A New Class of Light Field Sensor: Researchers Unlock Light Field Features in Optical Fiber Bundles used for Endoscopy
Optical fiber bundles are a common tool to look into hard-to-reach areas of the human body, and (micro-)ensoscopy enables efficient and minimally invasive medical diagnoses.
An optical bundle consisting of 30,000 fibers theoretically captures the same number of distinct views of a scene, which should contain plenty of information for depth estimation. However, the precise path of light rays within each fiber is extremely sentitive to dynamic fiber bending, effectively “scrambling” the light field and making it inappropriate for real-time medical use. Therefore, microendoscopic imaging has been limited to flat, 2D images, which lack crucial information for fast and accurate diagnosis.
Now, Anthony Orth and colleagues from RMIT University in Melbourne, Australia, present a new method to unscramble the angular information from optical fibers, opening standard endoscopy fiber bundles up to depth extraction and light field imaging: The researchers use intracore intensity patterns in the fiber bundle, which have traditionally been ignored, to reconstruct the angle of light rays at entry.
“The key observation is that the angular distribution of light is subtly hidden in the details of how these optical fiber bundles transmit light,” Orth said. “The fibres essentially ‘remember’ how light was initially sent in, and the pattern of light at the other side depends on the angle at which light entered the fiber.”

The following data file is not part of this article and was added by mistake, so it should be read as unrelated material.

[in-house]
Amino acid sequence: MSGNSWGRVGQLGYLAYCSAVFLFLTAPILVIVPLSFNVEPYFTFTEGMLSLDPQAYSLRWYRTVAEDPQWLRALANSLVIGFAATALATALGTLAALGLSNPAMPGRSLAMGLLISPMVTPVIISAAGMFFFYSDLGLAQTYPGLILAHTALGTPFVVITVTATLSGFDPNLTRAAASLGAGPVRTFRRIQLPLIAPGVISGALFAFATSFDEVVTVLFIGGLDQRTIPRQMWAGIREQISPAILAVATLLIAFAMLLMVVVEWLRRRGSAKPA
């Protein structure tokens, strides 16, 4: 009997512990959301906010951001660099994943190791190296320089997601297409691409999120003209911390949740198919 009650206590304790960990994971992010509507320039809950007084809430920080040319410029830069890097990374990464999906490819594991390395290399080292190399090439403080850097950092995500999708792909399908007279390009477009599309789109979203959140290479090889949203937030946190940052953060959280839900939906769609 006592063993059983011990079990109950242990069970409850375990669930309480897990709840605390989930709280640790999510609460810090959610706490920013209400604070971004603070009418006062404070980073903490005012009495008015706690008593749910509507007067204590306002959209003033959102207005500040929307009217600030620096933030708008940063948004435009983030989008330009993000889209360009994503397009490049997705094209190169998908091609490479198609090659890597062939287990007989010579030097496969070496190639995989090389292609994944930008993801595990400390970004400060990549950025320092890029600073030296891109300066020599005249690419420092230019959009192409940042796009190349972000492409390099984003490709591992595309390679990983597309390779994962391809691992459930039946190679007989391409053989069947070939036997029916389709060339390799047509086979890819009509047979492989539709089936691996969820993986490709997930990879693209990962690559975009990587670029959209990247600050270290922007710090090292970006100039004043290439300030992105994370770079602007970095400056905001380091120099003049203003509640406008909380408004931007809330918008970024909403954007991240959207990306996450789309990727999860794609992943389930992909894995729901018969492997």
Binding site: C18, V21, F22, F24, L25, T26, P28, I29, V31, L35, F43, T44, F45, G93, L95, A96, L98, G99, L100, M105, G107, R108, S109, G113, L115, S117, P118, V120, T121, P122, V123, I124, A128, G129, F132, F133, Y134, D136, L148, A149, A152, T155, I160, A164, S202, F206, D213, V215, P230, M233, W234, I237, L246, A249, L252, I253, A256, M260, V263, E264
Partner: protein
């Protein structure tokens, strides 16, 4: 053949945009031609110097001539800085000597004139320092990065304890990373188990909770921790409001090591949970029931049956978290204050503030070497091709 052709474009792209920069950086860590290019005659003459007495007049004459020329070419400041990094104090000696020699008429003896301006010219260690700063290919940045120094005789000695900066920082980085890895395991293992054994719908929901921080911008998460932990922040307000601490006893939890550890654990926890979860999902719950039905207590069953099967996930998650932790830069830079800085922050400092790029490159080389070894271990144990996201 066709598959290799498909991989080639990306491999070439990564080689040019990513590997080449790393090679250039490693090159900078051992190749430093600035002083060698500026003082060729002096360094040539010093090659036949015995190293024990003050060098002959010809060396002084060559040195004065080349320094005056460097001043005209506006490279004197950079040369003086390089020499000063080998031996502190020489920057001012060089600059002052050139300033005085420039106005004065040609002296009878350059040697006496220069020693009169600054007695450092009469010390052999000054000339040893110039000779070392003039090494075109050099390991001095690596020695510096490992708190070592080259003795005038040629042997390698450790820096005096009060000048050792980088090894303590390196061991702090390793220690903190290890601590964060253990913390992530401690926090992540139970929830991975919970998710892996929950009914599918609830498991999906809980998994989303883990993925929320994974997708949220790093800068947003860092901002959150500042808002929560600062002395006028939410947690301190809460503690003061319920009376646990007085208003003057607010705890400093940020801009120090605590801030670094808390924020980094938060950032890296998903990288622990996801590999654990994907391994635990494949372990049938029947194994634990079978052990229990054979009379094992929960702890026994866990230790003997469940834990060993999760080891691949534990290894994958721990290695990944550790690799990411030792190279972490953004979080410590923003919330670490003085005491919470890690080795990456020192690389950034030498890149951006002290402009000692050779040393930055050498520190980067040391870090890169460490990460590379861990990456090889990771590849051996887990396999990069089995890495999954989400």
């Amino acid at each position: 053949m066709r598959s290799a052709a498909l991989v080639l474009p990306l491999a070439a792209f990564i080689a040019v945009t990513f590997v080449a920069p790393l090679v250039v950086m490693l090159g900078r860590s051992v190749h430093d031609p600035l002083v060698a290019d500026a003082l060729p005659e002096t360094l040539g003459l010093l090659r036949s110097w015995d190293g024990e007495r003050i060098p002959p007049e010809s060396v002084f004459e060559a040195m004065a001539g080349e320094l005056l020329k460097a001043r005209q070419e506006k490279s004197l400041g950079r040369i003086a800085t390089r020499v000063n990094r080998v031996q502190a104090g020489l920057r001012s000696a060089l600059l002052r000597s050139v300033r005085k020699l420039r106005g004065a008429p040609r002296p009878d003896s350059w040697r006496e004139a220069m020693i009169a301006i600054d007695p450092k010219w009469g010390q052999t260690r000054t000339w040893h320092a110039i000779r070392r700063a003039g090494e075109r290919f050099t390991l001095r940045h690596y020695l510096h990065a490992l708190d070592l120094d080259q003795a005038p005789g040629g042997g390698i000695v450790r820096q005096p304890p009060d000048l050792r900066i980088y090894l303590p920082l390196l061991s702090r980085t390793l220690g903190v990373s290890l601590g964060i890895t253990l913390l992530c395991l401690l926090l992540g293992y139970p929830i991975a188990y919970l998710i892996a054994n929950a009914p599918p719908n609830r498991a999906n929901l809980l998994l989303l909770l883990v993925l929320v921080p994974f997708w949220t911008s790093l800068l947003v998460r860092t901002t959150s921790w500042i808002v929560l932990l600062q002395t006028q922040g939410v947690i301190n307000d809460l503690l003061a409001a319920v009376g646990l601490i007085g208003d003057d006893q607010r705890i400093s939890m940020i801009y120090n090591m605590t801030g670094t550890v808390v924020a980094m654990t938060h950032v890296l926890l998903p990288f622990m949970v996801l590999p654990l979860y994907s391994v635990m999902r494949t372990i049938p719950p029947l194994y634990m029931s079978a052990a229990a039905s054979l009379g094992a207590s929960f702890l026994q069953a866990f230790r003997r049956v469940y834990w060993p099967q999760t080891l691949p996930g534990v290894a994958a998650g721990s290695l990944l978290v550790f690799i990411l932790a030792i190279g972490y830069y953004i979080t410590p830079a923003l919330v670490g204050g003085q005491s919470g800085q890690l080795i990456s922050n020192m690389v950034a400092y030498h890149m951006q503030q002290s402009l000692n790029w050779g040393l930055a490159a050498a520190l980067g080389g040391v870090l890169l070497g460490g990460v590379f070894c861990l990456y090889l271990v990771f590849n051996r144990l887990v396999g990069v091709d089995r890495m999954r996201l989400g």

Using this additional information, the authors go on to demonstrate common light field features such as depth mapping, software refocus, and (single-shot) 3D sample visualization:
Apart from the paper’s obvious value in medical imaging (e.g. live 3D optical biopsies), the researchers also unlocked optical fiber bundles as a new class of light field sensor, beside camera arrays, microlens arrays, coded aperture masks, angle-sensitive pixels, micromirror devices, or mirror-based image multipliers.
Using a typical fiber bundle of 750 µm outer diameter and 30,000 fibers with 3.2 µm center-to-center spacing, the scientists were able to accurately map depth within the first 80 µm of the fiber bundle. However, the authors say that this limitation could be mitigated by increasing dynamic range of the system, e.g. using a camera with larger dynamic range, or by combining multiple exposures.
For more details, check out the original publication:
Orth A, Ploschner M, Wilson ER, Maksymov IS, Gibson BC. Optical fiber bundles: Ultra-slim light field imaging probes. Science Advances 5: eaav1555
The paper’s supplementary materials also contain some light field animations of the studied samples.